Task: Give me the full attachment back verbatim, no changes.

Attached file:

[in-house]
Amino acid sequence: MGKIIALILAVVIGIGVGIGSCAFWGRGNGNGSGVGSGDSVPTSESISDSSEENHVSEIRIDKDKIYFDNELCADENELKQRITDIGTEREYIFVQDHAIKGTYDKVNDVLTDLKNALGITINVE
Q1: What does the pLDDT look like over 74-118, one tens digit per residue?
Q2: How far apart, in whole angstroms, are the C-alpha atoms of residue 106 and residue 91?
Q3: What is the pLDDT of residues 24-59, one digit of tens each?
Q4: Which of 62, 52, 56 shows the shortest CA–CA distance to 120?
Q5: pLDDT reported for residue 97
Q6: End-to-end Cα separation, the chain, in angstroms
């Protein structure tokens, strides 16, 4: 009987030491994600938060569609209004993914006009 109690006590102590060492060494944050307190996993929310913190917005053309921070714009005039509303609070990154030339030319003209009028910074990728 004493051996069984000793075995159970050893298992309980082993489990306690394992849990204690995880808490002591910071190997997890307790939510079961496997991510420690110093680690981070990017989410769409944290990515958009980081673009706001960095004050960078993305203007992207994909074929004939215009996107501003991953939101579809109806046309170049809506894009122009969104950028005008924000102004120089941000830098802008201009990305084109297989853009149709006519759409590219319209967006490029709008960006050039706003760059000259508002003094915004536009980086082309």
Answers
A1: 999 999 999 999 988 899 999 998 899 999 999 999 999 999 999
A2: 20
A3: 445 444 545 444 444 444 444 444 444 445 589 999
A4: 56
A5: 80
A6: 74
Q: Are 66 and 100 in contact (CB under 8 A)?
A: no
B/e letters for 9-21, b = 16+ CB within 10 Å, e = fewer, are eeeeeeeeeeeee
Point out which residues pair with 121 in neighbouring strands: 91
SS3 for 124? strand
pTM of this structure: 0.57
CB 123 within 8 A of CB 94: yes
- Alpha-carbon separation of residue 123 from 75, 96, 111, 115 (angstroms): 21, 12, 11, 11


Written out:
[in-house]
Amino acid sequence: MGKIIALILAVVIGIGVGIGSCAFWGRGNGNGSGVGSGDSVPTSESISDSSEENHVSEIRIDKDKIYFDNELCADENELKQRITDIGTEREYIFVQDHAIKGTYDKVNDVLTDLKNALGITINVE
Q1: What does the pLDDT look like over 74-118, one tens digit per residue?
Q2: How far apart, in whole angstroms, are the C-alpha atoms of residue 106 and residue 91?
Q3: What is the pLDDT of residues 24-59, one digit of tens each?
Q4: Which of 62, 52, 56 shows the shortest CA–CA distance to 120?
Q5: pLDDT reported for residue 97
Q6: End-to-end Cα separation, the chain, in angstroms
């Protein structure tokens, strides 16, 4: 009987030491994600938060569609209004993914006009 109690006590102590060492060494944050307190996993929310913190917005053309921070714009005039509303609070990154030339030319003209009028910074990728 004493051996069984000793075995159970050893298992309980082993489990306690394992849990204690995880808490002591910071190997997890307790939510079961496997991510420690110093680690981070990017989410769409944290990515958009980081673009706001960095004050960078993305203007992207994909074929004939215009996107501003991953939101579809109806046309170049809506894009122009969104950028005008924000102004120089941000830098802008201009990305084109297989853009149709006519759409590219319209967006490029709008960006050039706003760059000259508002003094915004536009980086082309």
Answers
A1: 999 999 999 999 988 899 999 998 899 999 999 999 999 999 999
A2: 20
A3: 445 444 545 444 444 444 444 444 444 445 589 999
A4: 56
A5: 80
A6: 74
Q: Are 66 and 100 in contact (CB under 8 A)?
A: no
B/e letters for 9-21, b = 16+ CB within 10 Å, e = fewer, are eeeeeeeeeeeee
Point out which residues pair with 121 in neighbouring strands: 91
SS3 for 124? strand
pTM of this structure: 0.57
CB 123 within 8 A of CB 94: yes
- Alpha-carbon separation of residue 123 from 75, 96, 111, 115 (angstroms): 21, 12, 11, 11